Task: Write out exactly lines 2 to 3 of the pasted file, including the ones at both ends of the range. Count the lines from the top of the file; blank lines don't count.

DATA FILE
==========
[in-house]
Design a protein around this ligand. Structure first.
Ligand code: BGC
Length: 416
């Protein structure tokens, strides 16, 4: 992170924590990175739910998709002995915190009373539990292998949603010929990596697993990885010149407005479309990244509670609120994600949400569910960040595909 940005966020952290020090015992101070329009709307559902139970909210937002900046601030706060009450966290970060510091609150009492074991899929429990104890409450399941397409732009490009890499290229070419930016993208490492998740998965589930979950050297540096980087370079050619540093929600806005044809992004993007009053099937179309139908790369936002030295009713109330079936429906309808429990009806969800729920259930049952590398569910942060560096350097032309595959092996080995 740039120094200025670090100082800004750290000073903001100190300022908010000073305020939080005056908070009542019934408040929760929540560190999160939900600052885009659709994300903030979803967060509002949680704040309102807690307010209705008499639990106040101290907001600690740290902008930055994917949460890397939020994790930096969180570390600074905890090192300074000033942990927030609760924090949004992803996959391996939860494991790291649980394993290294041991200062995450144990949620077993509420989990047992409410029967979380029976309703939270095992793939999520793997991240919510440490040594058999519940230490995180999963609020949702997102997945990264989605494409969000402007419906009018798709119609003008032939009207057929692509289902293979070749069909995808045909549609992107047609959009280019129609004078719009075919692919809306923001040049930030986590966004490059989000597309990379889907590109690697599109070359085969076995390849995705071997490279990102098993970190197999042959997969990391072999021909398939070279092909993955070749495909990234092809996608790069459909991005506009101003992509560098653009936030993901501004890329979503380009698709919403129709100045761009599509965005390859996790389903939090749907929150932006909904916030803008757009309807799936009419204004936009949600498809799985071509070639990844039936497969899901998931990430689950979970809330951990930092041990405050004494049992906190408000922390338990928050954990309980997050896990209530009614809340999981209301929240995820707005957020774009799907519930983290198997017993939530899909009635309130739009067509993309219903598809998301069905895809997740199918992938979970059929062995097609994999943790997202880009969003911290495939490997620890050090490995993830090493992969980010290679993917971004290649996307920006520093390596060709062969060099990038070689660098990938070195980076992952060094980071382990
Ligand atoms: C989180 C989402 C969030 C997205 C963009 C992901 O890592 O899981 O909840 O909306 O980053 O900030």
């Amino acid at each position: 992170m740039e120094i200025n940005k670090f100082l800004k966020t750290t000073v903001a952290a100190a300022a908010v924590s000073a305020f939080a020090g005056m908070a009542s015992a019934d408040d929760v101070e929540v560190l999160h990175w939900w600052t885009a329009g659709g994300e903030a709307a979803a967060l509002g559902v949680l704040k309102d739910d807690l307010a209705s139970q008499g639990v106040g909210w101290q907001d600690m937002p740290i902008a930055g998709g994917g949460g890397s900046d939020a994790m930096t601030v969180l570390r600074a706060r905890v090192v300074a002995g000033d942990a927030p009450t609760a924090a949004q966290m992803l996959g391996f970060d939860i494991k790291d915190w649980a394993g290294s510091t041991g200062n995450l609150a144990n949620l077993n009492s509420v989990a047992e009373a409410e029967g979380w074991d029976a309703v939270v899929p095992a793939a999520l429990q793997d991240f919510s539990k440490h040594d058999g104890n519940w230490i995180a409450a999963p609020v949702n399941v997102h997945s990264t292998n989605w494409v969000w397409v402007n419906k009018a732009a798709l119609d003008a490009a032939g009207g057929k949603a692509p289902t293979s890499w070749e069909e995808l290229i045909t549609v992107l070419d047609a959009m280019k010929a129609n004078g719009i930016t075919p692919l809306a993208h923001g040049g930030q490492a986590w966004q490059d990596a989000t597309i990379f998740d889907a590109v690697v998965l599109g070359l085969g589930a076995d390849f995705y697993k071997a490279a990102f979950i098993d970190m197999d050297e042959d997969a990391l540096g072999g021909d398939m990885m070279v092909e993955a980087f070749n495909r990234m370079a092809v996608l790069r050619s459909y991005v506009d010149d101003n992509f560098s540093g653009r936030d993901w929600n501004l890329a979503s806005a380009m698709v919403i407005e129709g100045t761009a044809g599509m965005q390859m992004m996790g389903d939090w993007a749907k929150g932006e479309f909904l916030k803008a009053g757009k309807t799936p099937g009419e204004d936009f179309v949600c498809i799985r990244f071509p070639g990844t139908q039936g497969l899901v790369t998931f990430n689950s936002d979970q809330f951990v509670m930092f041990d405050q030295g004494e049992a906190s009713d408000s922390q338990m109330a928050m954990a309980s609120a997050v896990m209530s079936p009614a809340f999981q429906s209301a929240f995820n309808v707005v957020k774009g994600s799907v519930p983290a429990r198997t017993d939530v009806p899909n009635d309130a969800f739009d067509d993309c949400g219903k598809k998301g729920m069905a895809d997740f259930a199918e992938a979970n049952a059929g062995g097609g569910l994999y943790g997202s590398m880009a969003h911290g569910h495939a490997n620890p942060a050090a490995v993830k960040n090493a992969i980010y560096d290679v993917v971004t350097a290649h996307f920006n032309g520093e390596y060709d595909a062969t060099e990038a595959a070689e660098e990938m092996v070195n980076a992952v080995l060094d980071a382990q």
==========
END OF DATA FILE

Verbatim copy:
Design a protein around this ligand. Structure first.
Ligand code: BGC